What is Lidar?
The word ‘Lidar’ stands for Light Detection and Ranging. It is basically a remote sensing technique that utilises light as a pulsed laser to measure variable distances. In this article, we are basically going to talk about the Lidar which came installed in the new iPhone 12. Primarily, a LiDAR sensor is basically comprised of three basic components: a Lidar laser, a Lidar scanner, and a GPS unit. However, for aerial LiDAR, additional device administers the velocity and angle of the jet.
What is Lidar & its Applications? How does it work?
How does Lidar work?
The laser emanates an outburst of light, which jumps off of an object. The light which is reflected is then gathered by the Lidar scanner. The information received is then contextualized with data readings from the GPS unit, which is also reading the position of the Lidar detector itself.
Afterwards, the time is calculated which the signal takes to get from the laser back to the LiDAR scanner, and multiplied by the speed of light. The value we get subsequent to the multiplying is then divided by 2 as the light had to travel from the Lidar scanner to the object and came back to the scanner. Therefore, it is obvious that the total distance that the laser beam has travelled is twice the original distance from the Lidar scanner to the object or from a plane to the earth. This is how distance is determined by using the Lidar scanner.
Applications of Lidar:
Some of the Lidar applications are as follows:
Determine Distance and Height:
It is one of the most basic applications of Lidar. The apple devices like iPhone 12 pro that is equipped with Lidar has a measuring app as well. It can use just a single LiDAR data reading to determine distance. In addition to that, the Lidar scanner can also use more readings on whole objects and people. For instance, it does that to determine any person’s height.
Create Digital Replicas:
One of another amazing feature of this technology is that it can also be utilised to generate digital replicas of physical objects. This is the most hilarious feature which I love the most. You can create digital models more real in augmented reality (AR) applications. The major selling point for Apple in their ARKit-enabled devices is that they use readings to examine depth in an individual’s surroundings and placing digital models respectively.
Placing AR elements wherever you want to with accuracy (Object Occlusion):
No doubt that AR applications already exist for non-LiDAR devices as well. Nonetheless, the AR element or object is normally simply placed in front of the user’s camera like a hat or a painting. To move these AR objects closer to or farther away from the device’s screen is difficult and if anything mobilizes in between the camera and where the object is supposed to be, it demolishes the whole illusion the user want to set.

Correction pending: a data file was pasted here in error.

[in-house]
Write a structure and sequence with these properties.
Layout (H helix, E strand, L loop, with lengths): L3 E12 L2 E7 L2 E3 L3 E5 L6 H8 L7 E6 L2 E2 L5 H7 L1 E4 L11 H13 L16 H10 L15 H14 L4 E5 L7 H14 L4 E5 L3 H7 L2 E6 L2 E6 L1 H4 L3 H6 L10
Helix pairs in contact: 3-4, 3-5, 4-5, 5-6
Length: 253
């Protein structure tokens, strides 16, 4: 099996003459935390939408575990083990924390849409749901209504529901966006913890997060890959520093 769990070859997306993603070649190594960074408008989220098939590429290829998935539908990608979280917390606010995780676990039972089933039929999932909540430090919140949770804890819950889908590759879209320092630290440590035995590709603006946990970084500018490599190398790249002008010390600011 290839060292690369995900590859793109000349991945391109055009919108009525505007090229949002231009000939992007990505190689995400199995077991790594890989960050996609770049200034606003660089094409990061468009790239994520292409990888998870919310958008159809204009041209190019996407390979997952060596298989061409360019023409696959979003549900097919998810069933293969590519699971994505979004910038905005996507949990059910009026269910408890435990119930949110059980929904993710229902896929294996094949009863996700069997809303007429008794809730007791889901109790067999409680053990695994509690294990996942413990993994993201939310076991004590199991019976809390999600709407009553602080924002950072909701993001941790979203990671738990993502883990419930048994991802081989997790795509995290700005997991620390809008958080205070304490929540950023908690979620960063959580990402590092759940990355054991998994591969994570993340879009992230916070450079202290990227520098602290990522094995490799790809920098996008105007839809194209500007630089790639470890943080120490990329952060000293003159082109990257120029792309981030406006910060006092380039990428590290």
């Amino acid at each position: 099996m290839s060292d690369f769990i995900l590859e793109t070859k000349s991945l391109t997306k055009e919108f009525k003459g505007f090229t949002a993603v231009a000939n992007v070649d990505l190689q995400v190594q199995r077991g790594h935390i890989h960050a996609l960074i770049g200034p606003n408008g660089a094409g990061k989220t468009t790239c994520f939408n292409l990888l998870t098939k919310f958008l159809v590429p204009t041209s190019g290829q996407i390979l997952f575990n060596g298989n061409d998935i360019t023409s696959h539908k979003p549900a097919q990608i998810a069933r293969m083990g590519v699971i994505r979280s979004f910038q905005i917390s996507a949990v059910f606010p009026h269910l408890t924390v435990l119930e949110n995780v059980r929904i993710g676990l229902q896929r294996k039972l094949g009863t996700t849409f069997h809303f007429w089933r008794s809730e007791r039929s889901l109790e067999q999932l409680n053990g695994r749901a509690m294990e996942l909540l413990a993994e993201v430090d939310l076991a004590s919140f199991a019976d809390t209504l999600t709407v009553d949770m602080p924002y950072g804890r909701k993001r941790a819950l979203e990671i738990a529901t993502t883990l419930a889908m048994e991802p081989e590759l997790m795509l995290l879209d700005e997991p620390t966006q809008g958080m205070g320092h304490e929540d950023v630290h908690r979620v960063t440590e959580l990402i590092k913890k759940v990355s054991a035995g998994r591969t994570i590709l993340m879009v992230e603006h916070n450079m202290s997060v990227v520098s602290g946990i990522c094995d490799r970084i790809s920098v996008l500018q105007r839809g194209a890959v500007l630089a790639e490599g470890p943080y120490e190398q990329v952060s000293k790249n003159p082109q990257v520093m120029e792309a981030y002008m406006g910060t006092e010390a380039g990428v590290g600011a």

The capacity to place an AR object behind physical objects, or to enable them to appear to pass between the camera and where the AR object element is thought to appear, is called object occlusion. But without a reliable way (like with a Lidar scanner) for the device to understand depth, object occlusion is very hard. But with help of Lidar, it’s not a tough task at all. For example, if a girl is wearing a new dress and she wants a photoshoot of her self but the wall behind is very empty. So by the help of a Lidar scanner, you can place AR paintings and frames on the wall behind the girl with full accuracy and you will be amazed that no one will be able to judge whether it’s real or not.
Few of the primary uses for occlusion incorporate more interactive AR objects, more exciting Instagram filters, and thrilling AR games. All of the above are the Lidar applications that you can perform on a smartphone.
However, most of the applications of Lidar are more complex and bigger. Here are few of them listed:
Used by Helicopters, Airplanes and Satellites:
LiDAR data can also be gathered by helicopters, aeroplanes, and satellites. It is used for various reasons. Like, determining the distance from the plane to earth, measuring bases or any households of the enemy, etc.
For weather detection and topographical maps:
Weather companies also use the information on Lidar data to create detailed and extremely accurate topographical maps. These sort of maps can be used in biological sciences, earth science, construction,disaster assistance, etc.
Composition of the objects:
Furthermore, this technology doesn’t only determine the distance from an object but also it can be used to better comprehend the composition of objects. It does that because light can travel through objects of different densities.
Watch things which we can’t from the Naked Eye:
Lidar even enables users to see objects that we are not able to see from the naked eye. Organisations such as the National Ecological Observatory Network and NOAA use the Lidar data to map areas underwater or even under vegetation.
For the first-timers, this technology can seem crazy. As it’s now arriving into the consumer space so it’s natural for it to be discussed in unusual ways. While the applications of LiDAR technology are diverse but the primary function it does is to determine the distance from a device to an object.
The Future of Lidar Technology:
While this technology may appear to have confined use cases now, it might be one of the most important technologies of the future. As spatial technology becomes increasingly common, the ability to accurately model objects and map spaces become essential. In addition to that, it also a very important component for self-driving cars and other important machines.